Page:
OARS Deep Sewer Tunnel

A crucial requirement of the 2004 consent order between the City of Columbus and the State of Ohio is to reduce the environmental impacts caused by Combined Sewer Overflows (CSOs). The Olentangy-Scioto-Interceptor-Sewer) Augmentation Relief Sewer, known as OARS, is the key component in meeting this goal. This sewer tunnel will intercept wet weather overflows that currently empty into the Scioto River and carry the flows instead to the city’s Jackson Pike and Southerly wastewater treatment plants.

The tunnel will provide relief to the existing OSIS trunk sewer from just north of the Arena District to the Jackson Pike facility (see an aerial view of the alignment). The construction of Phase 1 began in September 2010 and involved digging a 20-foot diameter tunnel with a total length of about 23,300 feet. Phase 2 began in August 2011 and involves construction of three shafts, a pump station, pump electrical building, river overflow structure and other infrastructure.  The overall project is currently scheduled to be completed in late summer 2017.

The overall length of the OARS tunnel is just under four and a half miles, and will include three relief structures that will divert wet weather combined sewer flow from the OSIS to the OARS tunnel. The OARS project will control all of the regulators (relief structures where the sewers currently overflow to the river multiple times per year) in the downtown riverfront area to a level in which they might overflow once every ten years on average.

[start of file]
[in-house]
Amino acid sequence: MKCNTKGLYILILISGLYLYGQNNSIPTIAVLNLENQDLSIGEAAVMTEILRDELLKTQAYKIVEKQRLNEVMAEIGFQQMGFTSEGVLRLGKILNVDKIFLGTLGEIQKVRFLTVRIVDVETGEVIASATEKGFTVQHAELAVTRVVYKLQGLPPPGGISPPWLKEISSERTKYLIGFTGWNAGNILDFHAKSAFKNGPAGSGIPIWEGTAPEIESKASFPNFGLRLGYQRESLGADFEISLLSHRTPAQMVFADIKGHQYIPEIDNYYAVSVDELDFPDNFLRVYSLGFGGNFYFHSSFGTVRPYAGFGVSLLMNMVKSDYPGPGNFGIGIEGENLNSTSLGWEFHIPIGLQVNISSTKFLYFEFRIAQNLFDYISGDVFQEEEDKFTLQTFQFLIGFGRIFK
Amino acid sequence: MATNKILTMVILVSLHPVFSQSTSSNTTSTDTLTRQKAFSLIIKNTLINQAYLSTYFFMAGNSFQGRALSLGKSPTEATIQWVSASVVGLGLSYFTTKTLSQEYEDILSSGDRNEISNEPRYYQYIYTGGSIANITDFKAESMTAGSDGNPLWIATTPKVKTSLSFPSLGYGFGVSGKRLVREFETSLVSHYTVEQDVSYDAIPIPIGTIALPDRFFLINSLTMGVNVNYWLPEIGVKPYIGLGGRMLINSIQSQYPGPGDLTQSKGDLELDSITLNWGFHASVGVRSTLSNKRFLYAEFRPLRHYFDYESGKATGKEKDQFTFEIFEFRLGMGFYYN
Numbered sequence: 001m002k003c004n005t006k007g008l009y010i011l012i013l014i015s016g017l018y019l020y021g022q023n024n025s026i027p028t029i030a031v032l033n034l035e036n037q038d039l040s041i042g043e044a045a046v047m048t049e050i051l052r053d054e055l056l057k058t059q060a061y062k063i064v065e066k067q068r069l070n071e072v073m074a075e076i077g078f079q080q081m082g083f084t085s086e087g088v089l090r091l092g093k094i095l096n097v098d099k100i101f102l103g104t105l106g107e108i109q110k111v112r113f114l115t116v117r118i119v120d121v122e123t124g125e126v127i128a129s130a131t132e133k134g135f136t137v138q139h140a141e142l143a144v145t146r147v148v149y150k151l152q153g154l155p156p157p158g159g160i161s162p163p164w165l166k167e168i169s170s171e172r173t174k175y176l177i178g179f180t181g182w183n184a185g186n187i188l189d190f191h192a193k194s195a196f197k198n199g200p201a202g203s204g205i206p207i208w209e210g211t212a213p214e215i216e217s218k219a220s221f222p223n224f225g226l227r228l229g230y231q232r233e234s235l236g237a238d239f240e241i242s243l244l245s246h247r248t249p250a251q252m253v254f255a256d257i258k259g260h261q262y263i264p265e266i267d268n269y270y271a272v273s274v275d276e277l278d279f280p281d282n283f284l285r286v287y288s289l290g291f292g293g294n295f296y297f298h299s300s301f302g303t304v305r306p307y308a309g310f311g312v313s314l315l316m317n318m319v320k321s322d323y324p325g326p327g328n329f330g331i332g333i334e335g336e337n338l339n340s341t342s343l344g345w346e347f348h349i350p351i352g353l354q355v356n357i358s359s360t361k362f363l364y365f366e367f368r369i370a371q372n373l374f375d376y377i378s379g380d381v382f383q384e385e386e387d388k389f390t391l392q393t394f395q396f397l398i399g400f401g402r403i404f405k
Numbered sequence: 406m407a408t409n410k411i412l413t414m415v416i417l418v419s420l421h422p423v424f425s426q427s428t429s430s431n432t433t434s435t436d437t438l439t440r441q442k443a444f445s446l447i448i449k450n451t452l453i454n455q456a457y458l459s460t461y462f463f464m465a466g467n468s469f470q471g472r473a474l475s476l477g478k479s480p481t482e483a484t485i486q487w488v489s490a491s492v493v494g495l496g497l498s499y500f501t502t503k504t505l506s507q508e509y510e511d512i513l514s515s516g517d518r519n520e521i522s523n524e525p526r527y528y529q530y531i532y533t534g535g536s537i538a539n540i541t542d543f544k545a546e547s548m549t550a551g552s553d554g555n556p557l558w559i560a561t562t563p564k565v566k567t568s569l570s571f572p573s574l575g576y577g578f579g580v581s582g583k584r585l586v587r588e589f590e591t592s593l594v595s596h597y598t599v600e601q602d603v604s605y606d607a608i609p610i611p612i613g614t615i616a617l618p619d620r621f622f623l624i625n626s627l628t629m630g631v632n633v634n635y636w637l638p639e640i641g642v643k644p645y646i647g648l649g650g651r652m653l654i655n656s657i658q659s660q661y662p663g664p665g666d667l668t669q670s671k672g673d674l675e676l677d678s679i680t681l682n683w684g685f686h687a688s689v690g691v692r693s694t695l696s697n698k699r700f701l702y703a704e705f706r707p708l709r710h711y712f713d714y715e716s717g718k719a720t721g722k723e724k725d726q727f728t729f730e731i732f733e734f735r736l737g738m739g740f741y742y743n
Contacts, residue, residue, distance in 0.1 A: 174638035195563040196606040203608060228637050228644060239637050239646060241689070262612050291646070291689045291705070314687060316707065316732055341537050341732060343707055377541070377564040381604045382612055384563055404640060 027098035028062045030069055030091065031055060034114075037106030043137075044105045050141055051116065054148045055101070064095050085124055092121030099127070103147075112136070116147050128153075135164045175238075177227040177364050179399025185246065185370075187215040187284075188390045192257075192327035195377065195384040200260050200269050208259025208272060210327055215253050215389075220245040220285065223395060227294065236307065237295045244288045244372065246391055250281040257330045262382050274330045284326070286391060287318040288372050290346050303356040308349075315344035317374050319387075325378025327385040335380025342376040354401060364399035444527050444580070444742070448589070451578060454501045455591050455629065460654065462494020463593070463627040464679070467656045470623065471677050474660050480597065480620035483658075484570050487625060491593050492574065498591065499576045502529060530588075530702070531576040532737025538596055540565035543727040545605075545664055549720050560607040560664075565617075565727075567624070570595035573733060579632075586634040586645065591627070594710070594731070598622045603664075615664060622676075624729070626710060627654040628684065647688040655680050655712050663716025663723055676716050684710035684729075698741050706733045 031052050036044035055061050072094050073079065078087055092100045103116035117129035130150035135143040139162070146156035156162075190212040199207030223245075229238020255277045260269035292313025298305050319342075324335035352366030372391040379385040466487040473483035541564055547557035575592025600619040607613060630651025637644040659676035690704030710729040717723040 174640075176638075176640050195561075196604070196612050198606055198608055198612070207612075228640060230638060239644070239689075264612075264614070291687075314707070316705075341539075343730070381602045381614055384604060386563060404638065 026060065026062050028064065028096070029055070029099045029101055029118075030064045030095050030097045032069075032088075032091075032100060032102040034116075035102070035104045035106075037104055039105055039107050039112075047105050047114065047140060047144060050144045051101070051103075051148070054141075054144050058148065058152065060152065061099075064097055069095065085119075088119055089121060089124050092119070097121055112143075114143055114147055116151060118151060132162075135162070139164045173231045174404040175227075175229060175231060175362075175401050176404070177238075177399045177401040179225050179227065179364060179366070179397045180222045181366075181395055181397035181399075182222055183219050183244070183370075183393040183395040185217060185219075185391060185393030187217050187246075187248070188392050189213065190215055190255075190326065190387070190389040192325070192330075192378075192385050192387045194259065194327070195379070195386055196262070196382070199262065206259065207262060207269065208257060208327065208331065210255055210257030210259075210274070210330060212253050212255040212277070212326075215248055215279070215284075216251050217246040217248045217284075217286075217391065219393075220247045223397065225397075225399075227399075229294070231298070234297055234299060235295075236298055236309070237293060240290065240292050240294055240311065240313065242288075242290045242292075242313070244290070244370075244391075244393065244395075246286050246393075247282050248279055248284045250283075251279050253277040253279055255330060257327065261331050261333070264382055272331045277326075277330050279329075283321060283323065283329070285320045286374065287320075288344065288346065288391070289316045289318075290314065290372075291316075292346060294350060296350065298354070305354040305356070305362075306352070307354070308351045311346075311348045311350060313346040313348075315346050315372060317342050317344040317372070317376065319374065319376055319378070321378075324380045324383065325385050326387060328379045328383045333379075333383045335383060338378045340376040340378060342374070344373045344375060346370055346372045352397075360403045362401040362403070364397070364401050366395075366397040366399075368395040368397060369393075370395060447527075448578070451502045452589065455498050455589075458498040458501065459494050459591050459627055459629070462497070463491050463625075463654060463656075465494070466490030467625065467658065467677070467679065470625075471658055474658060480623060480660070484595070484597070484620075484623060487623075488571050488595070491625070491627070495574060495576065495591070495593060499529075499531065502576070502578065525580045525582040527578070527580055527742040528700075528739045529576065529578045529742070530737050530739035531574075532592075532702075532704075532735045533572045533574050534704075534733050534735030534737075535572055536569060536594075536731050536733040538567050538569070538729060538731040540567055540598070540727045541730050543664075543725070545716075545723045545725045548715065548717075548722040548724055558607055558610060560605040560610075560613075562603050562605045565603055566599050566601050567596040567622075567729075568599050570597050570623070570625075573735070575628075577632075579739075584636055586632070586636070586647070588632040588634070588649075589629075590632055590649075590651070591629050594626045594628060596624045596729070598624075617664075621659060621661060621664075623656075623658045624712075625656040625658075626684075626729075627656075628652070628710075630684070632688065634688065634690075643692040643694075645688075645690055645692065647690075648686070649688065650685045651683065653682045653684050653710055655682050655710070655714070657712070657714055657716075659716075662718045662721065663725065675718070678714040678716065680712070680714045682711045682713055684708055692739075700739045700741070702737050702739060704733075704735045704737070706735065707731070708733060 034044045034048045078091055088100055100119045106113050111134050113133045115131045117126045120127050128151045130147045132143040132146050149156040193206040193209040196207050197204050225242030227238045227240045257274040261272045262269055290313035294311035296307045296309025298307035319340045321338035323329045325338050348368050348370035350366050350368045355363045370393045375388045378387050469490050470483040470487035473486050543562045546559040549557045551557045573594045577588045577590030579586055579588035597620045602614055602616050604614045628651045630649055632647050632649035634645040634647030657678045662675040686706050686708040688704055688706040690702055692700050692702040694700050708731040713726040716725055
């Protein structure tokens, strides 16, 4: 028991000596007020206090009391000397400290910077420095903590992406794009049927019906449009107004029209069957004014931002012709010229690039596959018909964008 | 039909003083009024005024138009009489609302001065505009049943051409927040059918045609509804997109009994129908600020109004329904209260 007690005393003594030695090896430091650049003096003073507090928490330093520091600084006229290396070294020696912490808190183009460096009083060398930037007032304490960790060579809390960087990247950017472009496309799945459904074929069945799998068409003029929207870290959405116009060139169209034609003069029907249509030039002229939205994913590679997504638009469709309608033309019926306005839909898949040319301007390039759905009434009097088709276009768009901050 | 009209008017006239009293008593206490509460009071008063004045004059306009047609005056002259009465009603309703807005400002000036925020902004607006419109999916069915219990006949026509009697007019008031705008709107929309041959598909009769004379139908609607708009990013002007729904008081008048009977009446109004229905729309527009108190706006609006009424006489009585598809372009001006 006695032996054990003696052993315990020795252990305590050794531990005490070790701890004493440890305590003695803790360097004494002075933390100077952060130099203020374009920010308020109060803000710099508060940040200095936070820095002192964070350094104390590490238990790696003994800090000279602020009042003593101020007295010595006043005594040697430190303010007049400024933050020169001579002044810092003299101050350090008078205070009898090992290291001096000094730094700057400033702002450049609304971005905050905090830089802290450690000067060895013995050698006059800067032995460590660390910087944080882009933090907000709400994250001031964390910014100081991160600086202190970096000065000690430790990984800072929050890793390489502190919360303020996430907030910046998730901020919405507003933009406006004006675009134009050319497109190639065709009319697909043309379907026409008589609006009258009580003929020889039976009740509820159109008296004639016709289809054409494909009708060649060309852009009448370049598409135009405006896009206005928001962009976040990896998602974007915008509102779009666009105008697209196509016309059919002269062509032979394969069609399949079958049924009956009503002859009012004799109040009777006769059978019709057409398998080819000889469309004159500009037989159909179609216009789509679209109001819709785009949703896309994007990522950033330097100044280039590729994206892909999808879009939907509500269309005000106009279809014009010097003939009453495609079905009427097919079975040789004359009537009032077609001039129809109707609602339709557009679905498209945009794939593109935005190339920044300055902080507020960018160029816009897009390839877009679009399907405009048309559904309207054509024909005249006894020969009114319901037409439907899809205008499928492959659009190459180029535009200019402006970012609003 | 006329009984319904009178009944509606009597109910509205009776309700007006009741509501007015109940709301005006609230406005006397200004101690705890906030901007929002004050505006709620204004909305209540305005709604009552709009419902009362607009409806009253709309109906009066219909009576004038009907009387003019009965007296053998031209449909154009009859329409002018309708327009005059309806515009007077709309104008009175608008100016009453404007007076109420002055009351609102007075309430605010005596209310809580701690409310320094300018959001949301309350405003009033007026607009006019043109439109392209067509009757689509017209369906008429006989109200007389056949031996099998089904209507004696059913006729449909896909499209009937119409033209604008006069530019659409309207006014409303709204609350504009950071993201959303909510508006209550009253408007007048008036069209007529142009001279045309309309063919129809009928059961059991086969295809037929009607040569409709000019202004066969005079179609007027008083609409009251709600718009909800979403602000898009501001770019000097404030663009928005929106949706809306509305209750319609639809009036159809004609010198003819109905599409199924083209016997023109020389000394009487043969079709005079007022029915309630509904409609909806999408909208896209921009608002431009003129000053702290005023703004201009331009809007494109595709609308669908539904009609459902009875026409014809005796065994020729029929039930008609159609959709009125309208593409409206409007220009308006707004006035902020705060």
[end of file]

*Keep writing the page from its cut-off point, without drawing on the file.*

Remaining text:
The tunnel is being built approximately 170 feet below ground, reducing risks associated with construction at more shallow levels. This will require special drop structures (or vertical shafts) to direct flow from existing shallow sewers to the new deep tunnel. In addition, the drop structures will dissipate energy and minimize air entry into the tunnel. The tunnel shafts are designed to handle hydraulic surges which will prevent impacts on upstream sewers.

This project is the largest capital improvement project undertaken by the City of Columbus to date.  Total construction cost is just under $371,500,000.   Financing for the project is through low interest loan funds available from the Ohio EPA and the debt is serviced through Columbus sewer customer revenue.

OARS